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No more setbacks: Why we need to keep #MeToo moving

As time passes on, people tend to gravitate towards whatever is currently making headlines as their conversation starters; however, this practice unfortunately leaves some important headlines in the dust once something else takes the spotlight. 

More importantly, this case specifically pertains to the #MeToo movement, because as the months continue on, this hashtag is beginning to die. There are fewer posts, fewer discussions about the topic, and it seems as if the problem is now being pushed to the back of people’s minds as if it were a simple trend. But this cannot remain a trend; this movement must be pushed to grow, to last, to gain greater ground so that it may become a historically significant change in

our culture. 

If this trend dies, people will continue to accept and condone acts of sexual abuse and rape. If this trend dies, people will stop sharing stories and will forget what impact their story can have. If this trend dies, we are setting ourselves back decades. And it’s not the time for setbacks — it’s a time for change.

As college students, we are beginning to hear of accounts of sexual abuse and rape almost on the daily. 

Almost all of us can recount stories of people we know being victims of rape, sexual misconduct or date-rape drugs. One would think that this movement would have given victims of sexual assault more ground to stand on and more confidence to defend themselves and share their stories — but there is nothing of the like. Instead, we see the same attitudes that existed before the movement, the same attitudes that were documented in the college rape documentary “The Hunting Ground,” where victims feel powerless and worthless when it comes to sharing their stories.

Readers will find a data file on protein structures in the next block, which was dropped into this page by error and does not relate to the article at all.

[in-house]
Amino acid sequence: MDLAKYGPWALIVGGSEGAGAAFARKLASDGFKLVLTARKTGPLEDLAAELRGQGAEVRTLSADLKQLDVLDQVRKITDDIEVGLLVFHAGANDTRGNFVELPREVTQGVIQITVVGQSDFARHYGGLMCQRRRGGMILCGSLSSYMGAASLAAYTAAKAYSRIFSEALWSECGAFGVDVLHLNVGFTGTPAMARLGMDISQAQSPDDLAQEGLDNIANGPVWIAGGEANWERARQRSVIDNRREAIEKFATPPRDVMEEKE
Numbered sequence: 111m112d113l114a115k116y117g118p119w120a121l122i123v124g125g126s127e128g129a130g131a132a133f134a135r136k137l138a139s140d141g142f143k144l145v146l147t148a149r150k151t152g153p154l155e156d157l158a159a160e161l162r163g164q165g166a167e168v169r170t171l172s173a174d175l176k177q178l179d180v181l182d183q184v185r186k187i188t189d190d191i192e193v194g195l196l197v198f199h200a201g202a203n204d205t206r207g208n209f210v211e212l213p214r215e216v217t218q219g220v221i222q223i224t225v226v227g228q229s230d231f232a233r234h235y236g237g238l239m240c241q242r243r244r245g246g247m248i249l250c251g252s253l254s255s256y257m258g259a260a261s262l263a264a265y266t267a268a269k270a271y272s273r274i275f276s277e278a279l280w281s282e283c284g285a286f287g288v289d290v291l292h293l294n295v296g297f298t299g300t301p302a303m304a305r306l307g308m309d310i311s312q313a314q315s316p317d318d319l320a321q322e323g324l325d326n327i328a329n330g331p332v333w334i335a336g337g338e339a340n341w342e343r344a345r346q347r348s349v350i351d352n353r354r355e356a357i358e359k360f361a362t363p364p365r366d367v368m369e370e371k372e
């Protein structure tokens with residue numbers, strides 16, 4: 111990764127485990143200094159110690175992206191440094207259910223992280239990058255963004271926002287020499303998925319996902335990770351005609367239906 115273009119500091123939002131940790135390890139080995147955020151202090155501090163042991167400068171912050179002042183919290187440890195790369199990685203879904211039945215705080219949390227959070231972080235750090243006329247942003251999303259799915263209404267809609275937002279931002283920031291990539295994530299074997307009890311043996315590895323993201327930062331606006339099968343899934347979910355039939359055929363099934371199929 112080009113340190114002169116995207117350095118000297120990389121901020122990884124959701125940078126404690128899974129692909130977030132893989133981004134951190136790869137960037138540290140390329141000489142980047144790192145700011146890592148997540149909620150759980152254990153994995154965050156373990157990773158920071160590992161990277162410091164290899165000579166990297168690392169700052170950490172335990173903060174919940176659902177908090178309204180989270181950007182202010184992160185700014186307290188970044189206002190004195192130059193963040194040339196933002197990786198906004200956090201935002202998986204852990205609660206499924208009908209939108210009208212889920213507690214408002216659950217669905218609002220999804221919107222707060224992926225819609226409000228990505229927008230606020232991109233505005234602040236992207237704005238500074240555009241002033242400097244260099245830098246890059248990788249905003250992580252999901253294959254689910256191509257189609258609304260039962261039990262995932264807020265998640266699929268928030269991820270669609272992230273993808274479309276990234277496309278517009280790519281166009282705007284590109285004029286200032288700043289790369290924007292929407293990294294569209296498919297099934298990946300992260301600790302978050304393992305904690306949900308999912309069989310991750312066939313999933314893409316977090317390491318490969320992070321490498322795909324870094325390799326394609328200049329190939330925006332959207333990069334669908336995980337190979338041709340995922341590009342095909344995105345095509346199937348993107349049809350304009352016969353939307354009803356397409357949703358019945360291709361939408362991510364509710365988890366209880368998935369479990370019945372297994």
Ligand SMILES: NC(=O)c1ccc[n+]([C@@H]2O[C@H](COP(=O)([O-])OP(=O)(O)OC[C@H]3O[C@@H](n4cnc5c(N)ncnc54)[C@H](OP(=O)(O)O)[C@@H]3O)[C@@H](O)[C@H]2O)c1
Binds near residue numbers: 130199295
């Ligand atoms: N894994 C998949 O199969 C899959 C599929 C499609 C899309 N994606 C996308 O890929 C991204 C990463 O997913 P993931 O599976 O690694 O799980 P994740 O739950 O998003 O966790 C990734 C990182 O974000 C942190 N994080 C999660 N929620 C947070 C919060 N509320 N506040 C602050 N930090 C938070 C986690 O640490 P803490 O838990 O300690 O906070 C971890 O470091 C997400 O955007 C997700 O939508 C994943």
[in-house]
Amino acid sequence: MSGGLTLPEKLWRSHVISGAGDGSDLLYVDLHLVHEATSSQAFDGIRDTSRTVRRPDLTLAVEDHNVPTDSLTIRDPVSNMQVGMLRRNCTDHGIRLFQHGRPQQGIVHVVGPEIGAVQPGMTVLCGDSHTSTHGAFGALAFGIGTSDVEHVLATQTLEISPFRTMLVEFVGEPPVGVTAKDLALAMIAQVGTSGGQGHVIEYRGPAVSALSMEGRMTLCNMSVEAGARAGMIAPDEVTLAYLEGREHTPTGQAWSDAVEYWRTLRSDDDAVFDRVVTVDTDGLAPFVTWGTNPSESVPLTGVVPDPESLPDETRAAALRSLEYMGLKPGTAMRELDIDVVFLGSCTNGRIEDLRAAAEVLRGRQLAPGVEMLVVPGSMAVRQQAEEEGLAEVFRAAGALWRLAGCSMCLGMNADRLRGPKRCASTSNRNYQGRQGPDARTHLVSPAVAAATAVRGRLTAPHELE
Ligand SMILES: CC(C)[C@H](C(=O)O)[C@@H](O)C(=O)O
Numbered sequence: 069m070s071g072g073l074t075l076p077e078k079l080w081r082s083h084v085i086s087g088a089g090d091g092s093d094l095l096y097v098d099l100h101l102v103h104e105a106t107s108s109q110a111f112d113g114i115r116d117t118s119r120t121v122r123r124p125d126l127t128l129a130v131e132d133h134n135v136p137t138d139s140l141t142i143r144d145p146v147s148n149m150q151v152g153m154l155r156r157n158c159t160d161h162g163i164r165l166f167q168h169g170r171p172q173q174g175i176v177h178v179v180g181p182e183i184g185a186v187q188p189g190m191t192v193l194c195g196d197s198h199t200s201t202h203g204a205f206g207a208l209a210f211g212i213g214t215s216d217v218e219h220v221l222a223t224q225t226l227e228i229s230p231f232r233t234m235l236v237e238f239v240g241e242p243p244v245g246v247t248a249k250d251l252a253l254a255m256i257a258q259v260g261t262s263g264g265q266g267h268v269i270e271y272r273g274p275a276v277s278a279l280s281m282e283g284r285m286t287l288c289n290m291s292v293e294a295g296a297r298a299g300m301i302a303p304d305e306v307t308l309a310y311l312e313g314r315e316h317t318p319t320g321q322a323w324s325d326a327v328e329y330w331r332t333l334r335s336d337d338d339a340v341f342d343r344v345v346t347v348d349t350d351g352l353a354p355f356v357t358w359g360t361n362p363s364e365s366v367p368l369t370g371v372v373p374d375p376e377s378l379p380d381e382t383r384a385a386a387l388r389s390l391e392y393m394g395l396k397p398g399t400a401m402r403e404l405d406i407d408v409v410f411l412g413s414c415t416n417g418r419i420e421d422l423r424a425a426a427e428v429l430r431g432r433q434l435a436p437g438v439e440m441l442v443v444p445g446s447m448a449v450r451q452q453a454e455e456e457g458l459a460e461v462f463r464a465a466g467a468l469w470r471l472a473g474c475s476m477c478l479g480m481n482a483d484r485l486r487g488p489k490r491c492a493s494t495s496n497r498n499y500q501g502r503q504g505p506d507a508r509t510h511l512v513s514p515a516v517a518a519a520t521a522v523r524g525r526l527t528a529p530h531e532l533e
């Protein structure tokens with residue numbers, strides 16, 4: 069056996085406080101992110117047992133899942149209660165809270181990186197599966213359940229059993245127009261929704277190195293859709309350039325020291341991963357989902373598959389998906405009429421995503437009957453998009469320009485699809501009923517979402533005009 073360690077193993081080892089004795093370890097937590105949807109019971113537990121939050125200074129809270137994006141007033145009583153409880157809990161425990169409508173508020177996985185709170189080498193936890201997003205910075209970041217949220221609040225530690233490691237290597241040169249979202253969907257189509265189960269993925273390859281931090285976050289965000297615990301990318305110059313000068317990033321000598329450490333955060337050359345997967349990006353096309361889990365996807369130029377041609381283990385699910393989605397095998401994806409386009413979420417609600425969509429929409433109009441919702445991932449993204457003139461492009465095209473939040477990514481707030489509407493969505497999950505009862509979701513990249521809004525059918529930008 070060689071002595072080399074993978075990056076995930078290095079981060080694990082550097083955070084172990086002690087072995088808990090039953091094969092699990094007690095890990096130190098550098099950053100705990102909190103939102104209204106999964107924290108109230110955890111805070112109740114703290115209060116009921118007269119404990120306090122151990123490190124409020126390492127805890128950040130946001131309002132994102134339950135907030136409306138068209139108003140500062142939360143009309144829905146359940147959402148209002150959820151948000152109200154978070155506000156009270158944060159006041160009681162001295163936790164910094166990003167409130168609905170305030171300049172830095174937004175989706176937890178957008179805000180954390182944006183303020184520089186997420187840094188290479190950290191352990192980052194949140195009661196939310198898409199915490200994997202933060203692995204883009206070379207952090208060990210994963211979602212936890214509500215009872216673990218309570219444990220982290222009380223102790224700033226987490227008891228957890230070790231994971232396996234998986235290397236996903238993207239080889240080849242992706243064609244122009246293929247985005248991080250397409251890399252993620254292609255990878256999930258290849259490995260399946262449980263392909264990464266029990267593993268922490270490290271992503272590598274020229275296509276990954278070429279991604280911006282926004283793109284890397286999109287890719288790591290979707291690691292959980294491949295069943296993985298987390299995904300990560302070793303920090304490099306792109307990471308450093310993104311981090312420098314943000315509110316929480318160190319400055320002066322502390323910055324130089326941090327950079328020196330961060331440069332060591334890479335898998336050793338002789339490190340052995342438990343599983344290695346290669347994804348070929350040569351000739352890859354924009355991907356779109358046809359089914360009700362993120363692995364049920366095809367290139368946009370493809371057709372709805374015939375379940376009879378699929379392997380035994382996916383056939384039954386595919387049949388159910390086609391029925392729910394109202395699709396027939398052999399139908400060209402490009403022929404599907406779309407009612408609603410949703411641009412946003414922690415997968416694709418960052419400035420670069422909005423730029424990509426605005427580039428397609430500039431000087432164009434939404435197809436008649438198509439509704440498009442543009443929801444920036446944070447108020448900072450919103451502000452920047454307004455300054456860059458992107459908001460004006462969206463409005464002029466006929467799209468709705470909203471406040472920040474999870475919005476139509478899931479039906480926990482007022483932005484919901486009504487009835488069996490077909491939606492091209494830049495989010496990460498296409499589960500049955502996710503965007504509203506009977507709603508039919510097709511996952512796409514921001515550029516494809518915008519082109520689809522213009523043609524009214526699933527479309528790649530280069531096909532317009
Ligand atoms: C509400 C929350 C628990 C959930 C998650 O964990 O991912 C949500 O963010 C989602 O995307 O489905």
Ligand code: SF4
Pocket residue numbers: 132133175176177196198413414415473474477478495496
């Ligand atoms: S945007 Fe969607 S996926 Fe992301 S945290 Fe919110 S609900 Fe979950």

As members of the younger generation, we should be astounded by the lack of push from older generations to persecute these acts of sexual assault. It seems as if there was a much more accepting culture from older generations. As multiple victims acknowledge that this has happened in the past, they admit that the norm has been to simply brush off these acts as if they were a part of growing up. 

Therefore, it is up to our generation to end this culture of condoning and even promoting this behavior. We need to continue sharing stories, continue fighting those that think sexual assault is a part of our culture and our life, and only then will we have a chance at making a difference in how we battle this horrific aspect of

our times. 

So refuse to stop talking about sexual abuse. Refuse to stop sharing people’s stories. Refuse to let these acts slip by, like generations before have done. Refuse to be a bystander in this movement, because this is not just a trend — it’s a time for change.

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